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Frames of Time...

081_04 - Holiday time with the Bessers.
Around Christmas, Joe Besser would always invite "his boys", as he used to call us us, for holiday dinner. Holidays, of course, are a time for friends. This photo reminded me of some of the times Joe talked about his friends and times.

It seemed Joe's best friend had been Lou Costello. Joe spoke of how he had met Lou when both were very young. In fact, Joe would talk of how Lou had borrowed some of Joe's "fussy" persona and gags for his own. Oddly, this was never a sticking point for Joe who spoke fondly of Lou at every chance. Even after a book had come out picturing Costello as a demanding, petty, angry person, Lou remembered how they had spent many a Christmas together. Joe loved working with Loe and counted his time on the ABBOTT & COSTELLO TV as some of his most pleasant.

Joe had lesser opinions of Milton Berle and Jerry Lewis. Both, in Joe's mind, were egotistical to the point of being cruel.

Joe felt Berle was a great comic. Joe had performed on many of Berle's popular radio show and talked of how they worked so well together. Yet Joe's most freqent tale was of the time, during the 1960s, that he ran into Berle on the street. He went up to speak with Berle, only to find Berle didn't recognize him. Joe told us that he then pretended to have mistaken Berle for another man, so as not to embarras Berle. Joe said he later was told that Berle frequently didn't wear his glasses in public and might not have recognized Joe. However, Joe felt that he and Berle had been close enough that glasses shouldn't have mattered. Joe said he never brought it up to Berle on later occasions, but Joe never fully forgave Berle. (I was surprised when years later I saw Berle had done the foreword for Joe's book.)

The mention of Jerry Lewis brought a similar tale of unforgiven pasts. Besser had been in the cast of THE PATSY. Joe talked of all the scenes he had with Lewis and other cast members. Most of these scenes were tremendously funny. "By the time we were done shooting the scene," Joe would say, "The entire crew was laughing." It was after one such scene that Joe talked with a production person who had worked with Lewis for years. He told Joe that the scene had been very funny. "Too funny", as Joe recalled. The hand then explained to Joe that on a Lewis film, any scene in which someone got bigger laughs than Lewis would end up on the cutting room floor. Joe said he didn't fully believe the person, until he saw the final film. "Almost all of my scenes were cut out," recalled Joe. "When I ran into Jerry, he told me they were cut because of time." But Joe mentioned the film did not have a long running time. In Joe's mind, the only reason those scenes were cut was because he had gotten more laughs than Jerry.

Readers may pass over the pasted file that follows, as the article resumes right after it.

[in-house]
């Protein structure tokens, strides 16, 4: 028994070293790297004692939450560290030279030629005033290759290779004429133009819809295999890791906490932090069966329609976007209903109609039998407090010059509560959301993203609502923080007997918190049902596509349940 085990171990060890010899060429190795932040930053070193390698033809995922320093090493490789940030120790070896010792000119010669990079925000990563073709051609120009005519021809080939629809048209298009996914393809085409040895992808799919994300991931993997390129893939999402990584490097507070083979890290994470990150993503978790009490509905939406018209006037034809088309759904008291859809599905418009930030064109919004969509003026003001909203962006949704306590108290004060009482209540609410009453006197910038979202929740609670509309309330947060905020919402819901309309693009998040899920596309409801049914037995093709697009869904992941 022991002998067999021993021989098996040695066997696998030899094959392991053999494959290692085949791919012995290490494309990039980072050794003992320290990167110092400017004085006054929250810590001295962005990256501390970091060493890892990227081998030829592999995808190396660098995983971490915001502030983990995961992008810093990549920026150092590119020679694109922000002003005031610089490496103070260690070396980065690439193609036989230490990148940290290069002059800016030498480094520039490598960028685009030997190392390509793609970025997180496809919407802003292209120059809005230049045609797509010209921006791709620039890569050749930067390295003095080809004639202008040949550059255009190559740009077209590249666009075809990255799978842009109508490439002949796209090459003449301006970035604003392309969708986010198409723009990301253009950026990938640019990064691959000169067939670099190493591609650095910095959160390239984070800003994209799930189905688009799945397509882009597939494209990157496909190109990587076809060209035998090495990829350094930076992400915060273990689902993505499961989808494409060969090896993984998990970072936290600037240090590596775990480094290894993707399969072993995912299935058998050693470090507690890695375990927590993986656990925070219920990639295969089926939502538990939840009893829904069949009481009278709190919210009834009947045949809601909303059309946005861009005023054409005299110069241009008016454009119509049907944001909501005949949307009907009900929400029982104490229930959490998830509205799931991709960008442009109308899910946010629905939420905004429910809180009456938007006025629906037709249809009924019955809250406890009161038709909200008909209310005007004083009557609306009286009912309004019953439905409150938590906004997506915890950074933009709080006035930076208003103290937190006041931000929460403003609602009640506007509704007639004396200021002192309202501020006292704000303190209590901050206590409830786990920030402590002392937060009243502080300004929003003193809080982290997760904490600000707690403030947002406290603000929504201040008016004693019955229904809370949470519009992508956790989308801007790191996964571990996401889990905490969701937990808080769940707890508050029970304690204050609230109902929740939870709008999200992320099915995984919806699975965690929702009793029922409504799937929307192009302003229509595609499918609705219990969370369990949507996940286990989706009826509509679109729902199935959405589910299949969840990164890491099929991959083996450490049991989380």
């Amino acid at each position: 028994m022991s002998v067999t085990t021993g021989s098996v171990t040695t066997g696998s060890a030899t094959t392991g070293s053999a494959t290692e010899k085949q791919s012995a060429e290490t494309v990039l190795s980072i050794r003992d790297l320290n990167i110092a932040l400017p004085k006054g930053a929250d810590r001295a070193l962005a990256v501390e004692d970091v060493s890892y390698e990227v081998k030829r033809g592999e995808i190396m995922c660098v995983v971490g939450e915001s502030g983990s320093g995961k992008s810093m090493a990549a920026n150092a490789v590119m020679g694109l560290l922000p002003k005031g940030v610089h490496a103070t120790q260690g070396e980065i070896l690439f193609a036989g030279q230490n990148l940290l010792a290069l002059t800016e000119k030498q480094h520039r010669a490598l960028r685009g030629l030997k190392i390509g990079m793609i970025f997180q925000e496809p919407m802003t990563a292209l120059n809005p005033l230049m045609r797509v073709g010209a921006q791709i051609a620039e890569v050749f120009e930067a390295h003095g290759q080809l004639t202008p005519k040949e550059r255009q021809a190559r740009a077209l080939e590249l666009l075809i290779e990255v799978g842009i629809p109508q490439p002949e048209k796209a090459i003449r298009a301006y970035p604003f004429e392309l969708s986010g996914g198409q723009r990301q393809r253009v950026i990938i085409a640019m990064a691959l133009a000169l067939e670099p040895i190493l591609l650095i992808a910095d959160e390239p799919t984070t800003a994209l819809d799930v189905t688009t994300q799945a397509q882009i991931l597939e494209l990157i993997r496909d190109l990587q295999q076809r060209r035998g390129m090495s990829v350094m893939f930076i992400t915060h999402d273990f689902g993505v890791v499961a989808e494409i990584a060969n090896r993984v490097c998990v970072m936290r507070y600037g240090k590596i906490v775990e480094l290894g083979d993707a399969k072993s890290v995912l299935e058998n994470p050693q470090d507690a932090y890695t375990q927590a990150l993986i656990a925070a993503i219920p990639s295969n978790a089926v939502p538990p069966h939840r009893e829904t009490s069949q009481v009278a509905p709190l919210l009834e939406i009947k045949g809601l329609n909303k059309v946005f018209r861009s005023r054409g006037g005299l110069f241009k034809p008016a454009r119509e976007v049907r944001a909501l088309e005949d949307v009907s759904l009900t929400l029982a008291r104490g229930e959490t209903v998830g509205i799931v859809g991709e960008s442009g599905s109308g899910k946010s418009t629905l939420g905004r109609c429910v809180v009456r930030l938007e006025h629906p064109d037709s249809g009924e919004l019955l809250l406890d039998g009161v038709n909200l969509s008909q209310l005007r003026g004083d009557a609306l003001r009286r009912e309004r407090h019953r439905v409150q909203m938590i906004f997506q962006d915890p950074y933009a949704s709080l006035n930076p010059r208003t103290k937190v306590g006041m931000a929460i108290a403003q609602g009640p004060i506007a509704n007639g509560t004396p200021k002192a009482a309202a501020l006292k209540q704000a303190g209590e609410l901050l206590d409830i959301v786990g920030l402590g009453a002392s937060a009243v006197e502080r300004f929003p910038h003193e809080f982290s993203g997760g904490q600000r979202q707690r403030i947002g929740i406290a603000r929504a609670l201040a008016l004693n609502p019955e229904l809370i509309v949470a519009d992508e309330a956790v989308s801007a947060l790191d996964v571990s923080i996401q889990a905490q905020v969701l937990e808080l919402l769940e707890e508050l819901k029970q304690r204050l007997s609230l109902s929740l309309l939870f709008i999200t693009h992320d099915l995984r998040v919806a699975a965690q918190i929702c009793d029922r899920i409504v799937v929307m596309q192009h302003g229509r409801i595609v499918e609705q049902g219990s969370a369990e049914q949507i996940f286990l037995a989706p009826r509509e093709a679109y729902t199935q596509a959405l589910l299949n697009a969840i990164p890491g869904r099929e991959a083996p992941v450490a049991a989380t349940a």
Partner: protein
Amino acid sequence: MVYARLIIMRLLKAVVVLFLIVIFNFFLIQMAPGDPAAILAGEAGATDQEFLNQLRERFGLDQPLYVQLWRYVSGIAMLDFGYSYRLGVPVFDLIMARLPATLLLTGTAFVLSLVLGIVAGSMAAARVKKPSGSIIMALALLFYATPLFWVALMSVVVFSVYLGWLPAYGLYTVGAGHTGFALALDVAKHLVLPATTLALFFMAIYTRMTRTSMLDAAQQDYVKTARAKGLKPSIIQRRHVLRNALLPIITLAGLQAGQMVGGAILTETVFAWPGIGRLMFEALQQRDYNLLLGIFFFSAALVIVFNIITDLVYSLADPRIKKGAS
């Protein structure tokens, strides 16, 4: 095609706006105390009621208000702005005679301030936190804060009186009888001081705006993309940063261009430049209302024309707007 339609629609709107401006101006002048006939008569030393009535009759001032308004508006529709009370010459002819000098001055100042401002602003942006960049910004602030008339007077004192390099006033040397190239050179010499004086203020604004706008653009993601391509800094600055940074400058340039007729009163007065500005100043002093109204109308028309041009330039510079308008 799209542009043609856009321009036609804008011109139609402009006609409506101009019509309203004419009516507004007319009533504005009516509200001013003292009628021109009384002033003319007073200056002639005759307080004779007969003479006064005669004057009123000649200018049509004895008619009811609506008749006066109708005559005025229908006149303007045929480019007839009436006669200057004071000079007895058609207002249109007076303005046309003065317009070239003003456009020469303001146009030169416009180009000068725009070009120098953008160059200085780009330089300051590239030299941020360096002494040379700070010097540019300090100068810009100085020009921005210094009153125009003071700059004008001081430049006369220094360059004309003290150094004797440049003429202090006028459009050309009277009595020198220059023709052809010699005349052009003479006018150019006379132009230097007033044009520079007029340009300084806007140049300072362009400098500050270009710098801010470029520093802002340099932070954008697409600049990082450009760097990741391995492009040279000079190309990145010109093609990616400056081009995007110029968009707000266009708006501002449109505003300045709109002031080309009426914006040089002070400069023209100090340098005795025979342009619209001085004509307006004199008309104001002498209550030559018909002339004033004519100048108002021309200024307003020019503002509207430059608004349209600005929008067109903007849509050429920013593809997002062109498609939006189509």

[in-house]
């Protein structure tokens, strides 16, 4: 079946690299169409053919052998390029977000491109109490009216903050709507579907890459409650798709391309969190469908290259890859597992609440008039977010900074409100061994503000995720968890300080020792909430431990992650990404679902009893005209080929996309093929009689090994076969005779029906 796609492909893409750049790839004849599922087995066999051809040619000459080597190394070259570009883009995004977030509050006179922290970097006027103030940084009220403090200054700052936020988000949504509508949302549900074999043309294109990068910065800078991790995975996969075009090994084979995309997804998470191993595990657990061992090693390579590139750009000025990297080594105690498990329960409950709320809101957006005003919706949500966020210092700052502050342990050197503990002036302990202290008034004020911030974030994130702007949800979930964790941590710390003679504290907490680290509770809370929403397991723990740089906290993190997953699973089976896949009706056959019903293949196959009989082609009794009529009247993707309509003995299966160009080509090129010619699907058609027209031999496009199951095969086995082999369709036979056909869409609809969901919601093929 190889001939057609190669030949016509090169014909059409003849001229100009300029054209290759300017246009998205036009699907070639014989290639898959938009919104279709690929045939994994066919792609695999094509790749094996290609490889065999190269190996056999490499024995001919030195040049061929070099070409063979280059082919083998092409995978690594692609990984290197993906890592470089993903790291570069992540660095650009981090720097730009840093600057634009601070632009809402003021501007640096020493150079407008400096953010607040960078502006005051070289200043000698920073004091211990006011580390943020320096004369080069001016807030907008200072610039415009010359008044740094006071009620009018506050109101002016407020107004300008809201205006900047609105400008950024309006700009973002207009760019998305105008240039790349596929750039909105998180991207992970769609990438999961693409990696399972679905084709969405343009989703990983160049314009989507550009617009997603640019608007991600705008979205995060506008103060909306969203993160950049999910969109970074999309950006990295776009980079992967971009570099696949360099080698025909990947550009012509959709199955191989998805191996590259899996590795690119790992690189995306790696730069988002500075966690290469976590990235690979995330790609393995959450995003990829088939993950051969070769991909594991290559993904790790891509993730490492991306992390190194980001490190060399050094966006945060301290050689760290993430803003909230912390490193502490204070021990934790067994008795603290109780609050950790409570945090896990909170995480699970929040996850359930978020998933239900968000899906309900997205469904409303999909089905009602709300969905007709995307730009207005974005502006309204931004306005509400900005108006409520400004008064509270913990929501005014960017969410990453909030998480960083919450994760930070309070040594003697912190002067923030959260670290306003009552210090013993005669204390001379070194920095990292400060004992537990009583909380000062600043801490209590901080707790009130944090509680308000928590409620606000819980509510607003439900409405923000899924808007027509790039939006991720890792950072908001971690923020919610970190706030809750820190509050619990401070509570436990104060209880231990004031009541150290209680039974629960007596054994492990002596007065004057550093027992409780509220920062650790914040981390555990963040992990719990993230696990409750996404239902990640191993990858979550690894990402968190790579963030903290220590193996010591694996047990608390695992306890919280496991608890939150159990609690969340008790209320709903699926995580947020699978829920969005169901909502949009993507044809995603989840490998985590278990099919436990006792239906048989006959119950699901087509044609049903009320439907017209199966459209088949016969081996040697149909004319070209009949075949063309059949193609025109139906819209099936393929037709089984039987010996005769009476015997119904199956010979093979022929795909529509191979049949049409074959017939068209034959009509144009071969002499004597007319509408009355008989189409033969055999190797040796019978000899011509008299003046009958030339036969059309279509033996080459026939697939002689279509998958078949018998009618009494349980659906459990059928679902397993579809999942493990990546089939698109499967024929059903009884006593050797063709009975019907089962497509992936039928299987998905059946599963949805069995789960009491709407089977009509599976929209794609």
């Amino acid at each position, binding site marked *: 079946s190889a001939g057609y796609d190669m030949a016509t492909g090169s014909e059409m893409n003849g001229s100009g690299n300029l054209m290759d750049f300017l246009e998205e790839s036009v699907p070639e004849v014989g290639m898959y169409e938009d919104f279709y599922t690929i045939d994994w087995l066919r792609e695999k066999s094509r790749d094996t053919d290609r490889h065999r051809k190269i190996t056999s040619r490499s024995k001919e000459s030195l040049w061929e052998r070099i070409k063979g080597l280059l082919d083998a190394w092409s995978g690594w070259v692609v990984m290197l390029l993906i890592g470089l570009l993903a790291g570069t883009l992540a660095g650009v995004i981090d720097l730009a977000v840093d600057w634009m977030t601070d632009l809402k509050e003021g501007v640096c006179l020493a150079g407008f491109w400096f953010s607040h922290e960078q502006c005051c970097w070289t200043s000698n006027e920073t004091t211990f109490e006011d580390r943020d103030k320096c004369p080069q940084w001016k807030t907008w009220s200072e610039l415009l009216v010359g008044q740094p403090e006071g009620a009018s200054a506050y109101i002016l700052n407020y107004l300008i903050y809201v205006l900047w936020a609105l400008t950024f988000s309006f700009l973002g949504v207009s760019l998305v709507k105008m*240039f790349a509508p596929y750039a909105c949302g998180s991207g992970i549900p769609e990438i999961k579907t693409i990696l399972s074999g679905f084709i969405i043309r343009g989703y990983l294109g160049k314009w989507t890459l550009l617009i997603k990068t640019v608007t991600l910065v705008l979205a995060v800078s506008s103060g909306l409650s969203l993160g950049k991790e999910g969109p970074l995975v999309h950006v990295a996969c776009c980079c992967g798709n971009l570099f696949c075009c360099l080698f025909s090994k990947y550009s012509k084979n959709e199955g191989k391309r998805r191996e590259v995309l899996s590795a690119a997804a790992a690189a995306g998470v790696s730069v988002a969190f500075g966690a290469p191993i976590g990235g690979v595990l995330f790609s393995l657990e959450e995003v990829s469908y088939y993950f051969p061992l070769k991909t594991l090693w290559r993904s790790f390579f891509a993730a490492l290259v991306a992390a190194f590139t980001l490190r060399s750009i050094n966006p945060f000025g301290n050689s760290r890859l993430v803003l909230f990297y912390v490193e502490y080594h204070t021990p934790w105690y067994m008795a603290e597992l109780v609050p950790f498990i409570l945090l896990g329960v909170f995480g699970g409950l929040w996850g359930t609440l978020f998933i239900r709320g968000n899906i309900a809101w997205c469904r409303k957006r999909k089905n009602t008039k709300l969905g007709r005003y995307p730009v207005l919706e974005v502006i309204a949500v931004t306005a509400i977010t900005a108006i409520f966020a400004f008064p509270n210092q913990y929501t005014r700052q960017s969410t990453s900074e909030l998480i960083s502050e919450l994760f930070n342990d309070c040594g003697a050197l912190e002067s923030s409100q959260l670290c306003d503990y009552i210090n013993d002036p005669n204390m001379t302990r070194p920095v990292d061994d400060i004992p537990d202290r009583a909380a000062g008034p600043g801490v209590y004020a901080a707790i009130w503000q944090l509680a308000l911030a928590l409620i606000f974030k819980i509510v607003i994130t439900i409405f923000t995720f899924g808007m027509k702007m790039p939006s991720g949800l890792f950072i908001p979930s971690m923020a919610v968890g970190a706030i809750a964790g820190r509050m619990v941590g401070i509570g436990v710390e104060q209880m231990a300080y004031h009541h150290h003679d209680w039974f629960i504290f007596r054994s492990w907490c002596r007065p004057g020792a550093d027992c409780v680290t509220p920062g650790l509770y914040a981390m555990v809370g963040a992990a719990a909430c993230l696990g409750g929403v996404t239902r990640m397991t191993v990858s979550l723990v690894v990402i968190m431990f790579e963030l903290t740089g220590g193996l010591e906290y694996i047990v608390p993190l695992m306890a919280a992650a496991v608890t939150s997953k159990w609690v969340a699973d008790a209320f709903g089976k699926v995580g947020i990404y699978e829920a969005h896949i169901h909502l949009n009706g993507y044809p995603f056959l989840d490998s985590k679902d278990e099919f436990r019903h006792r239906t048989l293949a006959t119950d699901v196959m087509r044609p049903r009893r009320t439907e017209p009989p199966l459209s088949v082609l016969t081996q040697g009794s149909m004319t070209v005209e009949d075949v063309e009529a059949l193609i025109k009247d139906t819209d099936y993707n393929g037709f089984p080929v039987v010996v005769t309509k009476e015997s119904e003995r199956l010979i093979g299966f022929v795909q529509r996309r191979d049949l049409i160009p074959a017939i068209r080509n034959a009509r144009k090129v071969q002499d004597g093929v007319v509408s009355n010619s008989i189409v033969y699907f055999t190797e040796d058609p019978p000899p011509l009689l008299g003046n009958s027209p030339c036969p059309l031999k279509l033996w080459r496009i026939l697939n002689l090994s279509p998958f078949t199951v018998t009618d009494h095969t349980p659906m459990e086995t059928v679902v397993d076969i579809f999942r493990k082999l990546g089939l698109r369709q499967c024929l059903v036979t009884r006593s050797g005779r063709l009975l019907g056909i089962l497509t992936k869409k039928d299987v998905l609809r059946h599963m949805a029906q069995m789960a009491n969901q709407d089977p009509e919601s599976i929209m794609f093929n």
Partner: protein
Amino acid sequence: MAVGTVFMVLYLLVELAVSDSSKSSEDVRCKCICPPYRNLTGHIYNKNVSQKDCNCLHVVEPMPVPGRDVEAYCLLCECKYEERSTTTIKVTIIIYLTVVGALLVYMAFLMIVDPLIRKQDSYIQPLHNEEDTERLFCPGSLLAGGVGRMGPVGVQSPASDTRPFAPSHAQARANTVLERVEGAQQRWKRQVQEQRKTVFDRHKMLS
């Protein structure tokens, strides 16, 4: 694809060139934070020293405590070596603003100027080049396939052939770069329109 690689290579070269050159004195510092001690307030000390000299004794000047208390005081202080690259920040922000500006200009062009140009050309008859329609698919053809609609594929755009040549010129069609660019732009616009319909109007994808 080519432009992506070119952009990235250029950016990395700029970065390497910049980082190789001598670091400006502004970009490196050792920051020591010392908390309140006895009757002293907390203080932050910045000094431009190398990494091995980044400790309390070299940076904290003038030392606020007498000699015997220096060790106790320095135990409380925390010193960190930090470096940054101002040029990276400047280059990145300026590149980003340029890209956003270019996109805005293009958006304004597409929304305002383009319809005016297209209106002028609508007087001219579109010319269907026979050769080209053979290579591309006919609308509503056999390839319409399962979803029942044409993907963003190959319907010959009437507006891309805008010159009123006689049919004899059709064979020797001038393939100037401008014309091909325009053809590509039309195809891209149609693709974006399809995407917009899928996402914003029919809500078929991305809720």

Oddly, even though Joe felt he did not always get the historical respect he might have deserved, he was pleased that with the work he did he had gained so many fans. He was always amazed to get letters quoting radio shows gags or dialogue from a guest spot he did on a long forgotten sitcom. Joe would state that some of the letter writers, "remember my life better than I do!"

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